Fearless Female: Alicia Fjerstad



It isn't about the absence of fear, but doing things in spite of it. Each Friday I recognize amazing females I've come across that are helping others change their lives in a positive way and represent a type of fearlessness that we can all learn from and be inspired by.


She started out as my neighbor and grew into what I hope will be a life long friend. My life has been better with her in it. Her laugh is contagious, her dedication to her family is admirable and is a friend to all. If you don't know her, you should. Meet Alicia Fjerstad.

Why I picked Alicia:

1. She's still a ball a positivity.

Everyone goes through hard stuff in their lives and clearly in this case some more than others. But never do you hear her play a pity card. She continues to move forward with grace and positivity not as though the bad hasn't happened but as if they are building blocks that add to her strength and story. She CHOOSES to always wears a smile on her face and share it with everyone she comes across.

2. She pushes through.

I don't think she ever knows her own strength. But as I've watched her over the years, she's overcome battle after battle of adversity and pain. For many it would certainly destory them and while I know there was a lot of tears and feelings of hopelessness she didn't give way to them. She's what it means to say "What doesn't kill you makes you stronger." She is absolutely 100% Alicia 2.0 (read her story below)

3. She's a friend everyone wants to have.

It's no secret why people love this girl but she is a person that cares and thinks of others often without any gain for herself. She shows up for friends and family without asking. She can make you laugh until you pee and be there while you cry. Alicia is the friend that everyone should have.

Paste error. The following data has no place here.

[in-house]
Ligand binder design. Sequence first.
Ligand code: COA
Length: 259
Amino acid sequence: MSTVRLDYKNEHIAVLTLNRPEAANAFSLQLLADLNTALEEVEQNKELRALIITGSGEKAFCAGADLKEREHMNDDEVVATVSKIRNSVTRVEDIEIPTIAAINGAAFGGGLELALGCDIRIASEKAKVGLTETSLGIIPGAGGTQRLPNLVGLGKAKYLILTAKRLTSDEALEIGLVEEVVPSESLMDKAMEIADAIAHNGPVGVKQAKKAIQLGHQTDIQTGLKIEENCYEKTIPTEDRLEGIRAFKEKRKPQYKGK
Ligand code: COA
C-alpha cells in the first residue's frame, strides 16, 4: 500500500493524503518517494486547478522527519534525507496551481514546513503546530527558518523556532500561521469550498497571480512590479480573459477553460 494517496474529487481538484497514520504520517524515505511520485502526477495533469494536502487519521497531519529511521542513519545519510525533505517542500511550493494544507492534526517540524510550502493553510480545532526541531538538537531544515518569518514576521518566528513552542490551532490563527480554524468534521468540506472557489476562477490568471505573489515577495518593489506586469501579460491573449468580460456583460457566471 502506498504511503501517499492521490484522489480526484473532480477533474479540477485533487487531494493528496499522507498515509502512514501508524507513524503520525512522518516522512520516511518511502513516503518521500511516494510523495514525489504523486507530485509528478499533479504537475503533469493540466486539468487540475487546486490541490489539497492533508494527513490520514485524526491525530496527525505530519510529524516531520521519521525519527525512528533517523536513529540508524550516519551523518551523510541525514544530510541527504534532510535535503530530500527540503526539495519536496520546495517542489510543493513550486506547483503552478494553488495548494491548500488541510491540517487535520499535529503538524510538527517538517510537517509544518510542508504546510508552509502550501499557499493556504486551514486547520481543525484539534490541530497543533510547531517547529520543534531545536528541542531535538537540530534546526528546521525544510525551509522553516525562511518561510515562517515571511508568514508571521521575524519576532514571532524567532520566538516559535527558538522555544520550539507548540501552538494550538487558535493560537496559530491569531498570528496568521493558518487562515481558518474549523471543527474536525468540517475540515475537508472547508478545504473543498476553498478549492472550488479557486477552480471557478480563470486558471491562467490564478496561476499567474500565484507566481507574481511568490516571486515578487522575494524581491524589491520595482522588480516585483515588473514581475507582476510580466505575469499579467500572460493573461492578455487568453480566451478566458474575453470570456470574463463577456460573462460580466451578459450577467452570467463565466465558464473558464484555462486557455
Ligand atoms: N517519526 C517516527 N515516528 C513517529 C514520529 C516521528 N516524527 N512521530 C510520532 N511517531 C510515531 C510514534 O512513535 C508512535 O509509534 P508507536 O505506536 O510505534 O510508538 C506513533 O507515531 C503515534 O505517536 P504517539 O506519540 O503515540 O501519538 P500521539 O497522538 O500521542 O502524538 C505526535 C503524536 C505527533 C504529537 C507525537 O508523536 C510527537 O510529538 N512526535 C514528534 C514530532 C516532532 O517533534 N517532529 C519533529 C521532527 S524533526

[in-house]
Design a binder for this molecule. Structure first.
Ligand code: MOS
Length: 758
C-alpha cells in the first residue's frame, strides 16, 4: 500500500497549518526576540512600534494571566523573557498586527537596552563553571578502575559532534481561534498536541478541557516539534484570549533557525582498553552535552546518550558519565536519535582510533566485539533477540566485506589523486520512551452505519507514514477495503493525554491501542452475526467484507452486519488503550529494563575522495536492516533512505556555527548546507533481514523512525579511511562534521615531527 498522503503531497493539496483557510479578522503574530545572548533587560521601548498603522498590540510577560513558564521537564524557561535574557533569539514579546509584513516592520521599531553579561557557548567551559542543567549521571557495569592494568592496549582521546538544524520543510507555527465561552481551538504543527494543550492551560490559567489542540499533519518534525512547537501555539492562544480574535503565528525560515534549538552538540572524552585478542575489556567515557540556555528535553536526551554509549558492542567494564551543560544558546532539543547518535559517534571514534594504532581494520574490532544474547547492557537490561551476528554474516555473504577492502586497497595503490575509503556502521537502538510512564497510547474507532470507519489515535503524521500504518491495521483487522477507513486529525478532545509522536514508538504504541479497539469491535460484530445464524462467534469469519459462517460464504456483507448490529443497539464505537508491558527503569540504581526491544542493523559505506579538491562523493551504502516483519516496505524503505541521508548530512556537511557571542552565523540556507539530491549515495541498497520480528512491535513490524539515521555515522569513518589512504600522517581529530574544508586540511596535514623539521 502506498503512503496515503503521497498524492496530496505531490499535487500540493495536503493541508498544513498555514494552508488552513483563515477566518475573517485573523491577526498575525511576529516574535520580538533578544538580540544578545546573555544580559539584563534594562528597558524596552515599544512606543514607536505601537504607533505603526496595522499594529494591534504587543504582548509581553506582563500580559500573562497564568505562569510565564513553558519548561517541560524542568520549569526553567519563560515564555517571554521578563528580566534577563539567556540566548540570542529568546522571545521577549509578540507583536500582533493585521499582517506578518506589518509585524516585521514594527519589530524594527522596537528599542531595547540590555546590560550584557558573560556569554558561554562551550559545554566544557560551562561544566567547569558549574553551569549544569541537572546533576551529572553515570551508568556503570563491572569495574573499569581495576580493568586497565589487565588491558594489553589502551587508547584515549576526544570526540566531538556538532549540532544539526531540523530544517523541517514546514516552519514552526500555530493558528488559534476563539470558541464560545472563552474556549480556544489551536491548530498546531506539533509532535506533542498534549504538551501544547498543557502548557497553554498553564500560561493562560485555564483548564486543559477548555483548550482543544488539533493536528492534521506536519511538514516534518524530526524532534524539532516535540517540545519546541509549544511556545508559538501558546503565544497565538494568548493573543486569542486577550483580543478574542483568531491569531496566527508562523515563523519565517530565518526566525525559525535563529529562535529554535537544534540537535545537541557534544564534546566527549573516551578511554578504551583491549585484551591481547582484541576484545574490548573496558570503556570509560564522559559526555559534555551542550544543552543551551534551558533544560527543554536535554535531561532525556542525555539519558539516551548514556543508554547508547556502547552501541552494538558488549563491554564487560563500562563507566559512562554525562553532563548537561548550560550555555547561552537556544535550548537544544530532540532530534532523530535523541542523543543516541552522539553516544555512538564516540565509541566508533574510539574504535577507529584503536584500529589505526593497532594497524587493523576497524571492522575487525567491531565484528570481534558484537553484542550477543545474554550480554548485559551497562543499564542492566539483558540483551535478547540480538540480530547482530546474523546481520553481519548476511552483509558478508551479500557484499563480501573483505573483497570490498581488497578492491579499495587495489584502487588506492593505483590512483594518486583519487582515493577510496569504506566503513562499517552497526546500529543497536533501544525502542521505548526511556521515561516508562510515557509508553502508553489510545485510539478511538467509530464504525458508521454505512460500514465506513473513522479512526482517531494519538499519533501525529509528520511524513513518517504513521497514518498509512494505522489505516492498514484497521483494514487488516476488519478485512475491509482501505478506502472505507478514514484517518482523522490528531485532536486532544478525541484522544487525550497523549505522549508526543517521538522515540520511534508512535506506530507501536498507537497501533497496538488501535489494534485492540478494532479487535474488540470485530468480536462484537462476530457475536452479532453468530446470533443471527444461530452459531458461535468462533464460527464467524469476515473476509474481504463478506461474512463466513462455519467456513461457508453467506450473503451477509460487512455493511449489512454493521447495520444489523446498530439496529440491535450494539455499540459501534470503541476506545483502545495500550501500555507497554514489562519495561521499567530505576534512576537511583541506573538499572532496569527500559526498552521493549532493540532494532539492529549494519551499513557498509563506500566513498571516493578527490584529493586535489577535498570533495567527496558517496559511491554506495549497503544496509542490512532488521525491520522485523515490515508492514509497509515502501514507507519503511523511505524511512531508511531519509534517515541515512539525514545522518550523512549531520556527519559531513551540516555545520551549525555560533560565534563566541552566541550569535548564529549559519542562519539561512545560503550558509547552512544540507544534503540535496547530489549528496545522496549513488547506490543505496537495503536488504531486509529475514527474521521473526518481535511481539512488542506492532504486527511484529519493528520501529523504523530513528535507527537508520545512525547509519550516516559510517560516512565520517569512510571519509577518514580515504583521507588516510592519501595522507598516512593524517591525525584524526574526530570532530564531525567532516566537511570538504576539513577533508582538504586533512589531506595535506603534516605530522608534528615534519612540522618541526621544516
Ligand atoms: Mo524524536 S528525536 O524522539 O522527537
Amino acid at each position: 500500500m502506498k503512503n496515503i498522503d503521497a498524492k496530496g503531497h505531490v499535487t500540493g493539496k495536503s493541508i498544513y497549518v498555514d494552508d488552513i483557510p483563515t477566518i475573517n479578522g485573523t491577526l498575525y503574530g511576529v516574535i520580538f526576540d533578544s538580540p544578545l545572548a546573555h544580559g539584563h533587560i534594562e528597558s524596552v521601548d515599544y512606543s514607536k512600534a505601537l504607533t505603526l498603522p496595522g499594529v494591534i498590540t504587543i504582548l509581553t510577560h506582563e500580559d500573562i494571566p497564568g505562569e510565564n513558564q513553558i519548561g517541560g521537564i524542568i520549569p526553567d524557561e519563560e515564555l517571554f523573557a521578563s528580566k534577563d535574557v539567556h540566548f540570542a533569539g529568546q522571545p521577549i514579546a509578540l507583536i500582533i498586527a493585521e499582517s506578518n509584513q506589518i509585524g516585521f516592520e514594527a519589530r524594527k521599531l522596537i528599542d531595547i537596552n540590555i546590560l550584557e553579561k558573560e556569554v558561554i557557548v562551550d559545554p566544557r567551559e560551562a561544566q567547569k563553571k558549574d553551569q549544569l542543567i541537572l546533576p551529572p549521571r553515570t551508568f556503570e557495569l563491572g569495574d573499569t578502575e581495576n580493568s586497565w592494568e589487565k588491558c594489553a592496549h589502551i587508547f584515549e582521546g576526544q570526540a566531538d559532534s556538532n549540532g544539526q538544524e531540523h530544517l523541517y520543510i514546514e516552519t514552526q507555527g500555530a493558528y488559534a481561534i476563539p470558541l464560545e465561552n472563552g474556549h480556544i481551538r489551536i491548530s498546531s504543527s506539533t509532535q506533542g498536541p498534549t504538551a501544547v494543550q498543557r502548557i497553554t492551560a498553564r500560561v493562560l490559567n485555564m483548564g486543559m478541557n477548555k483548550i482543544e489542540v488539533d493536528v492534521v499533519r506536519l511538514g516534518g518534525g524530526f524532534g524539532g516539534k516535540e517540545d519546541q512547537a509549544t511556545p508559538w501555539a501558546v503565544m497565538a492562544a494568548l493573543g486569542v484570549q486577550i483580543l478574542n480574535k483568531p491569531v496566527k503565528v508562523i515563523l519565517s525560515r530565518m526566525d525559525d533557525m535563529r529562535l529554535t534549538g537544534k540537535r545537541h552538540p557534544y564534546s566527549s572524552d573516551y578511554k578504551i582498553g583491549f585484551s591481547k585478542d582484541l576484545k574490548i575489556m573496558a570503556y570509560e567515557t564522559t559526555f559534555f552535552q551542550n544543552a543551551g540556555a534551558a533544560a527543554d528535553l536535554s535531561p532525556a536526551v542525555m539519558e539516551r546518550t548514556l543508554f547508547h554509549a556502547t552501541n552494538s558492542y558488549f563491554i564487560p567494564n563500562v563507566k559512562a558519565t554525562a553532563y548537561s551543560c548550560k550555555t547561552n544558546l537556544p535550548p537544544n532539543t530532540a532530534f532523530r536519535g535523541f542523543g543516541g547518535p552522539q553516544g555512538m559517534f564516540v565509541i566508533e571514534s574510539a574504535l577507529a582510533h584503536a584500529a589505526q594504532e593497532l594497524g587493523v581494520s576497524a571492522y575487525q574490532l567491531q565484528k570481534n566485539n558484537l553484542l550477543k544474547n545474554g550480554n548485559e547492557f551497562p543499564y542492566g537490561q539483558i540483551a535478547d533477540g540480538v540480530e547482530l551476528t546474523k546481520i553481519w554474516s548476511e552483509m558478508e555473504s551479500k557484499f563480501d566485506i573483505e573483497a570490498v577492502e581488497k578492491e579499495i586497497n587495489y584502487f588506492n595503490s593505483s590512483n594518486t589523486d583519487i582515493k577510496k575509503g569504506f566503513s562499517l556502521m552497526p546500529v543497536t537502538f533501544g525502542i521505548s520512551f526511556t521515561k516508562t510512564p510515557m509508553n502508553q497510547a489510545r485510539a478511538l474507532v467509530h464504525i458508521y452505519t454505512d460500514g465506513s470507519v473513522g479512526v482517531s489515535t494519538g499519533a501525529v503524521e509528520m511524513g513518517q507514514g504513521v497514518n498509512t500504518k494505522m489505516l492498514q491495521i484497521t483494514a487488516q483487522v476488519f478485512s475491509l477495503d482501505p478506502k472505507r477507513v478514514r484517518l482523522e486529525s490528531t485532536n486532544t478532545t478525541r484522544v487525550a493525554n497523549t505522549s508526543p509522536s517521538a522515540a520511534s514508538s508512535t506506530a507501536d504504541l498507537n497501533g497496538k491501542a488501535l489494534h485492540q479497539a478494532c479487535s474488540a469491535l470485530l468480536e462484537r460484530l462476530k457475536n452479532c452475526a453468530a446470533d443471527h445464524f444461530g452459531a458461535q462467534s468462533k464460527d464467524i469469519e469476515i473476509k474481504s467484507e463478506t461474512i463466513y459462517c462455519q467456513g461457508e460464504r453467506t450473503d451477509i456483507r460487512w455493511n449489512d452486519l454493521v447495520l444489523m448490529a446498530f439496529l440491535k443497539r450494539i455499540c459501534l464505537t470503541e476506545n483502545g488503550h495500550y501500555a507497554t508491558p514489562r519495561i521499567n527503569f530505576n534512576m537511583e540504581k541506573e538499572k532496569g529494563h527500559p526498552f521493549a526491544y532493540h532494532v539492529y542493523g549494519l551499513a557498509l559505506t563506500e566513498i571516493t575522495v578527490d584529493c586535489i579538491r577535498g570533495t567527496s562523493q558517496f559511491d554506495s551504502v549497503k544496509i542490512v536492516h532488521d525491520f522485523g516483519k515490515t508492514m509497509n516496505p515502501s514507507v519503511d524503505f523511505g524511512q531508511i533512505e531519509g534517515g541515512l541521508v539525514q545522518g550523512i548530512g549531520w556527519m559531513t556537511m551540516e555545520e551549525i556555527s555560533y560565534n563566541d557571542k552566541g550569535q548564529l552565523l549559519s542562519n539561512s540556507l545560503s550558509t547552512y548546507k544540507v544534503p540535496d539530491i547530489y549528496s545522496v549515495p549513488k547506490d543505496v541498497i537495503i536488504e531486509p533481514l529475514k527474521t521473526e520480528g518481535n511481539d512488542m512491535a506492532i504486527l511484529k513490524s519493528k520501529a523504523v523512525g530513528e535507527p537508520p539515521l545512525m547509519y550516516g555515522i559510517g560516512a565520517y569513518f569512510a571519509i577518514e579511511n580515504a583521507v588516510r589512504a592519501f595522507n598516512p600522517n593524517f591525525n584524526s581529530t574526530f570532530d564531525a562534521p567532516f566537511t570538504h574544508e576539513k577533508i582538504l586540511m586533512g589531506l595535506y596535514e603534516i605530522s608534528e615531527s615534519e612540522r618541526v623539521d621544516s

Here is Alicia and her Real, Raw, Brutal Truth.

Statistics are scary. What’s even scarier is the statistic of 1-in-8 women being diagnosed with Breast Cancer in her lifetime. That means that on average, a woman is diagnosed with breast cancer in the US every 2 minutes.


Most people have significant dates that stick out in their memory; birthdays, anniversaries, holidays, etc. For me, it’s October 28th, 2015 (as well as others but for the sake of this story, it’s that date!). But my story didn’t start there. It started at least 2 years prior to that when I felt a lump in my left armpit/breast area. I didn’t think at 26 though I could get cancer so I brushed it off. It wasn’t until the summer of 2015 that a mass stayed and grew. A rare, cystic, cancerous mass had made home in my left breast and lymph nodes. But I didn’t know that’s what it was. And like any naive 28 year old, I kept putting it off. I had “things” to do that were way more important than being seen by a medical professional for what seemed like nothing.

WRONG! Ladies (and men alike!) don’t ever, ever, EVER put anything off.


What I thought was ‘nothing’ and would be taken care of ended up being a rare tumor that only 1 doctor at Mayo Clinic had seen in his years of profession that presented in a lung. You guys, a Stage 3 Invasive Ductal Carcinoma, classification Triple Negative, encompassed by 100’s of pockets of cysts. And each time the tumor was poked, or prodded, it grew. At one point, my mass grew to the size of a pineapple for reference. I went through 24 weeks of some hard hitting chemotherapy, my first surgery to remove the tumor infested breast and lymph nodes, 25 rounds of aggressive radiation while doing an oral chemo to heighten the effects of radiation, followed but another surgery to remove the non-cancerous breast, followed by another try at oral chemo, followed by 2 more rounds of surgery for fat grafting and implant swap out. What’s still on the docket? Another surgery for more fat grafting and a microscopic surgery to fix the fact that I have no lymph nodes to process my bodily fluids in my left arm leaving me swollen and sore on a regular basis. What’s gone? Alicia. She is gone. The person I once was is not the person I see in the mirror anymore. What’s left? Alicia 2.0. She is stronger, braver, more compassionate, forgiving, and patient.


October isn’t just Breast Cancer Awareness month. It’s my reminder that I get to live another day, thankfully to the lifesaving miracles of Mayo Clinic, not because I was smart and went in when I first thought something was wrong. So this is my plea to you, be smart. If you feel something and you are unsure, go in. If something presents itself and isn’t normal, go in. If you just don’t feel comfortable about the way you are feeling, GO IN! Don’t Google, Google is bad. Go into a Medical Professional and get their opinion. You are never a bother, you are never wasting anyone’s time, you are important and your life matters!